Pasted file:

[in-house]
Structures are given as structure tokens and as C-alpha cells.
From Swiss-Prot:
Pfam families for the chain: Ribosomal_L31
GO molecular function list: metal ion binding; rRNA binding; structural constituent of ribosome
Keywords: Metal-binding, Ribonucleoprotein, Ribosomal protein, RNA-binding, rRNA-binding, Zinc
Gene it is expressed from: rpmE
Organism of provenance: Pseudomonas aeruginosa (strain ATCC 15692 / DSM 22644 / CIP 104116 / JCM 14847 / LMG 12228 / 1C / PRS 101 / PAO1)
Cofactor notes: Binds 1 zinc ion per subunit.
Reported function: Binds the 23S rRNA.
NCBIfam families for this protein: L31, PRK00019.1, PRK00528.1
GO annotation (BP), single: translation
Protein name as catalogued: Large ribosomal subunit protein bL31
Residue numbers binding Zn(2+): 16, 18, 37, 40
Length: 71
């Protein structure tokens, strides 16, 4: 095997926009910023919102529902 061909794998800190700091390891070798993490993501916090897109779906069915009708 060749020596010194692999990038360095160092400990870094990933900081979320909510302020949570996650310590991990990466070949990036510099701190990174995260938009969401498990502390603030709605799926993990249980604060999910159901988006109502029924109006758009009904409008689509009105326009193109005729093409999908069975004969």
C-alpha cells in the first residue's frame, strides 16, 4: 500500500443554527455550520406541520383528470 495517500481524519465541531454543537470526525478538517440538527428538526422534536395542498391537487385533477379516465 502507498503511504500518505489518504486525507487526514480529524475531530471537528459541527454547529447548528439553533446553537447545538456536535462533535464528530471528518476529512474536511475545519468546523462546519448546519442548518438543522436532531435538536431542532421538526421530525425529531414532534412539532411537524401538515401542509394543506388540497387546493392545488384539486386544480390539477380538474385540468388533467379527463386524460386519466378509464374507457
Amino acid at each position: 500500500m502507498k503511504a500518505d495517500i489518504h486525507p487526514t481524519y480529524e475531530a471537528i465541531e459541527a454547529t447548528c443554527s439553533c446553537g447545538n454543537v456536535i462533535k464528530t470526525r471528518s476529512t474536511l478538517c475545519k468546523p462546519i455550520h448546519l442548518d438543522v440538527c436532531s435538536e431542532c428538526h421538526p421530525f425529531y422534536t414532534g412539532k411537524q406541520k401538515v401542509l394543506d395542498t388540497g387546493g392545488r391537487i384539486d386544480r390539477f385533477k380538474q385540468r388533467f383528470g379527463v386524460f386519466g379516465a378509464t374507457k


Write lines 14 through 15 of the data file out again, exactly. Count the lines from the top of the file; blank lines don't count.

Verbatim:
Residue numbers binding Zn(2+): 16, 18, 37, 40
Length: 71